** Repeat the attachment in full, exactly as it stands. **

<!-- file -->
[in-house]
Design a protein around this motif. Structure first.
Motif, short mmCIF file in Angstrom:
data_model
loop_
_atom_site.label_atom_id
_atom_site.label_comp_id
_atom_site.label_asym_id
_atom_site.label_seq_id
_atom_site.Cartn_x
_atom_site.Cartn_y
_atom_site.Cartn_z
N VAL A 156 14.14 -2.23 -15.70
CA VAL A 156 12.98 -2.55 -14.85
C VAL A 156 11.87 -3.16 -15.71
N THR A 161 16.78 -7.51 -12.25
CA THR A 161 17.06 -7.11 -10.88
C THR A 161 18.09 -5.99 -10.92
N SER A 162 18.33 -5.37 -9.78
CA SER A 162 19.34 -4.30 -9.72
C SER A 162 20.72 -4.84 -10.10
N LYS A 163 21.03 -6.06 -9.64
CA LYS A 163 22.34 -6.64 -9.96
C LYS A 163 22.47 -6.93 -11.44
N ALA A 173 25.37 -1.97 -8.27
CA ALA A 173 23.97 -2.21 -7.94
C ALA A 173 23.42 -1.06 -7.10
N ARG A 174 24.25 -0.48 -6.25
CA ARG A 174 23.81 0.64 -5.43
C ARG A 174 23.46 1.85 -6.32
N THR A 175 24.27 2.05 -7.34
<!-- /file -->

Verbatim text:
[in-house]
Design a protein around this motif. Structure first.
Motif, short mmCIF file in Angstrom:
data_model
loop_
_atom_site.label_atom_id
_atom_site.label_comp_id
_atom_site.label_asym_id
_atom_site.label_seq_id
_atom_site.Cartn_x
_atom_site.Cartn_y
_atom_site.Cartn_z
N VAL A 156 14.14 -2.23 -15.70
CA VAL A 156 12.98 -2.55 -14.85
C VAL A 156 11.87 -3.16 -15.71
N THR A 161 16.78 -7.51 -12.25
CA THR A 161 17.06 -7.11 -10.88
C THR A 161 18.09 -5.99 -10.92
N SER A 162 18.33 -5.37 -9.78
CA SER A 162 19.34 -4.30 -9.72
C SER A 162 20.72 -4.84 -10.10
N LYS A 163 21.03 -6.06 -9.64
CA LYS A 163 22.34 -6.64 -9.96
C LYS A 163 22.47 -6.93 -11.44
N ALA A 173 25.37 -1.97 -8.27
CA ALA A 173 23.97 -2.21 -7.94
C ALA A 173 23.42 -1.06 -7.10
N ARG A 174 24.25 -0.48 -6.25
CA ARG A 174 23.81 0.64 -5.43
C ARG A 174 23.46 1.85 -6.32
N THR A 175 24.27 2.05 -7.34